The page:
Ivanka Trump Is Opening A New Store Somewhere That Will Never Ban Her Clothing Line

Ivanka Trump
Ivanka Trump, President Donald Trump's daughter, attends the Women's Entrepreneurship Finance event during the G-20 summit in Hamburg, Germany, on July 8. She is under fire by Democrats who want to know whether she revealed Russian contacts on her security clearance application. Michael Kappeler/Reuters

Ivanka Trump need not worry that retailers such as Nordstrom don't want to sell her clothes, because she has her very own store opening up in Trump Tower.

The clothing designer and first daughter is set to open a boutique in her father's New York tower block, with the store opening slated for fall this year.

The brand has not been without its critics since her father took office in January, with some stores refusing to sell her merchandise due to her association with her father's administration, and the news many of her products are made overseas, at odds with her father's pledge to manufacture at home with his 'Buy American, Hire American' slogan.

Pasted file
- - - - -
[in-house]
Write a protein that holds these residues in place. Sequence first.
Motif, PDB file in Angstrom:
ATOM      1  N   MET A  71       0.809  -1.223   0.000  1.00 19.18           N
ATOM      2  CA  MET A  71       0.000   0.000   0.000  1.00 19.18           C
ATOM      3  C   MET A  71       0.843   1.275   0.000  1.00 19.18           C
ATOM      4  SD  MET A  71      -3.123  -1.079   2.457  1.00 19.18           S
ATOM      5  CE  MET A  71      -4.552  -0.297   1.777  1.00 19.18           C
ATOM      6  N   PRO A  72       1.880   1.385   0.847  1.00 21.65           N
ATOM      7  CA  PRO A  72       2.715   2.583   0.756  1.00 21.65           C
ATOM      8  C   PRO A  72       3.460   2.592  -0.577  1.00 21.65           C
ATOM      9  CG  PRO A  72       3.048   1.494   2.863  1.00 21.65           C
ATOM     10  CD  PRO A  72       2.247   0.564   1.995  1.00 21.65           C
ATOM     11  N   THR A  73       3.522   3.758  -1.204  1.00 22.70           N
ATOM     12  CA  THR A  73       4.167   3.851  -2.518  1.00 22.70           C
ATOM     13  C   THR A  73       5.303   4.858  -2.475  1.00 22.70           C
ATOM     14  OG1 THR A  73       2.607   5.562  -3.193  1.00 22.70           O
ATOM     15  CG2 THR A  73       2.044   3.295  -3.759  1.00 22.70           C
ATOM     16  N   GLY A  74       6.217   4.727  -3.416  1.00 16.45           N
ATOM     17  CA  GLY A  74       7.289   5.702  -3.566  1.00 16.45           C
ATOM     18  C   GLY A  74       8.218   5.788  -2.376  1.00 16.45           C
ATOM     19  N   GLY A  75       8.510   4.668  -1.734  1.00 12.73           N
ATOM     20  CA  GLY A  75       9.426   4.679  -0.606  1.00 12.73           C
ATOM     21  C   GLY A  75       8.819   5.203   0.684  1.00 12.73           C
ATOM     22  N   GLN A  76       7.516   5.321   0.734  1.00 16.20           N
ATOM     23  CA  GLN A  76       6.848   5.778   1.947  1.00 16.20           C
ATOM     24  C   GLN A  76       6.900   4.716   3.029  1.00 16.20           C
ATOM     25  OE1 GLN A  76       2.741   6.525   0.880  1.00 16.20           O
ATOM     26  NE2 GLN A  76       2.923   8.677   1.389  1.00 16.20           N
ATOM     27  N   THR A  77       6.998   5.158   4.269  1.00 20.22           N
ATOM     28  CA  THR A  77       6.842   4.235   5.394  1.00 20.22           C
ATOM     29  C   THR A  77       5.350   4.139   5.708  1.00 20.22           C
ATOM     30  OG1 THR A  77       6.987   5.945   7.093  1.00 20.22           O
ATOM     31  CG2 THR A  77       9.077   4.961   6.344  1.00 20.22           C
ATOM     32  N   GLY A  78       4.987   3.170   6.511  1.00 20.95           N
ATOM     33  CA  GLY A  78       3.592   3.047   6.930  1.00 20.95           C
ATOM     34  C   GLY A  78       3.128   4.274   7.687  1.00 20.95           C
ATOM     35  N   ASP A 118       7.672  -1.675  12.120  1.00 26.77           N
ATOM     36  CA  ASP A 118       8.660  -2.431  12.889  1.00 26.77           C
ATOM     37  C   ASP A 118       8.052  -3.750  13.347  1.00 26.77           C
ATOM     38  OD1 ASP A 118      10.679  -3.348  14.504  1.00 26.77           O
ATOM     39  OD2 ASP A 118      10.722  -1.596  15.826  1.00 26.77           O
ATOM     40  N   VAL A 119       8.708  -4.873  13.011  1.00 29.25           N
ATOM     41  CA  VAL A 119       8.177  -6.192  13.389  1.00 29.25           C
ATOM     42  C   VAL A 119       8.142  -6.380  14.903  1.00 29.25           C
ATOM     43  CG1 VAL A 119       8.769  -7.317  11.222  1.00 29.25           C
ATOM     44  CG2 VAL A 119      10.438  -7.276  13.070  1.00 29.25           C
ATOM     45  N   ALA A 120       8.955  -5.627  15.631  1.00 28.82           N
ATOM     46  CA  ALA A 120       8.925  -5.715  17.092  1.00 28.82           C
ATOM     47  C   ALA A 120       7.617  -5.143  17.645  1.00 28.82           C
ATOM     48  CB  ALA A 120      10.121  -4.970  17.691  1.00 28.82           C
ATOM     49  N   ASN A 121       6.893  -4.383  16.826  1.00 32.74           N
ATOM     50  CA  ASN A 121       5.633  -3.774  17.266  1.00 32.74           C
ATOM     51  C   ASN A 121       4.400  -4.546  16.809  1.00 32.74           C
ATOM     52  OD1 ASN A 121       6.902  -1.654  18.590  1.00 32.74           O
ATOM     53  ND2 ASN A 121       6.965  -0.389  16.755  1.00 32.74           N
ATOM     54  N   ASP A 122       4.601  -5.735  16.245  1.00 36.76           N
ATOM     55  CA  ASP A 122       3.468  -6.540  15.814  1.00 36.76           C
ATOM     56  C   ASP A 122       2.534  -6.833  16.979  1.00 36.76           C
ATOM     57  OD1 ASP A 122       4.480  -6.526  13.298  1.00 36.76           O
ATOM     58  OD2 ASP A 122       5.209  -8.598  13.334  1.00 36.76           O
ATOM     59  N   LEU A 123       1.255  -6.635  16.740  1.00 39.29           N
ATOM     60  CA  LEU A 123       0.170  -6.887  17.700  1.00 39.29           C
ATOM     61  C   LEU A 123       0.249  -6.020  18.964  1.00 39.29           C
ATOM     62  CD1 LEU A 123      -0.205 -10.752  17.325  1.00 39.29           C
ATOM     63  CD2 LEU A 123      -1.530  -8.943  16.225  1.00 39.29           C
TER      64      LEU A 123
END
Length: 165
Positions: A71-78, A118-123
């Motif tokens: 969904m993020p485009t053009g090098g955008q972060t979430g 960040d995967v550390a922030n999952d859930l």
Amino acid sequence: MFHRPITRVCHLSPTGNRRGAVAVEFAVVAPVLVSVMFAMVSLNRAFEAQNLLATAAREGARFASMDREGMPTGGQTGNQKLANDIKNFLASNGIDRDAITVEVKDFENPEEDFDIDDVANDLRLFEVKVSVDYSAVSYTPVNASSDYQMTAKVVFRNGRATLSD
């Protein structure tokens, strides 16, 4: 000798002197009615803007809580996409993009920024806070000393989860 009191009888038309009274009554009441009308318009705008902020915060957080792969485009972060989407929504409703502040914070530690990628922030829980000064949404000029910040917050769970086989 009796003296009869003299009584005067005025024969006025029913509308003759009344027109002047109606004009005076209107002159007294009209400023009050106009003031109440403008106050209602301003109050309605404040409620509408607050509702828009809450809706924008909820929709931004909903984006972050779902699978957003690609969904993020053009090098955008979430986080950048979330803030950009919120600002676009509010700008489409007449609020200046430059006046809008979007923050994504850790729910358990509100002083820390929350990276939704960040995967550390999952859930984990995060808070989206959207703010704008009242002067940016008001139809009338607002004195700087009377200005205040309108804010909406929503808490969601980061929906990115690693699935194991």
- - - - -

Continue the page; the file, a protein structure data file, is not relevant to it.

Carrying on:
Coming soon to Trump Tower -- a stand alone Ivanka Trump store. pic.twitter.com/XpdZHk9O3N

— Annie Karni (@anniekarni) August 9, 2017

Indeed, a report on the conditions of one factory in China that made clothes for Ivanka Trump's fashion line highlighted poor conditions and low pay, with employees earning just $62 for a 60-hour week, according to a factory audit reported on by The Washington Post.

And following the initial retailer backlash against brands associated with the Trump family, the president himself faced criticism for appearing to promote Ivanka Trump's brand from his perch as president.

The president also lashed out at Nordstrom after it announced in February it would be dropping his daughter's line, taking to Twitter to deride the company's decision.

"My daughter Ivanka has been treated so unfairly by @Nordstrom. She is a great person - always pushing me to do the right thing! Terrible!" he wrote.

The president's criticism of Nordstrom was at the time seen as a cause for concern over his ability to separate his private interests from his role as president.

A former ethics chief for George W. Bush, Richard Painter, told Reuters at the time: "This is misuse of public office for private gains, and it is abuse of power because the official message is clear—Nordstrom is persona non grata with the administration."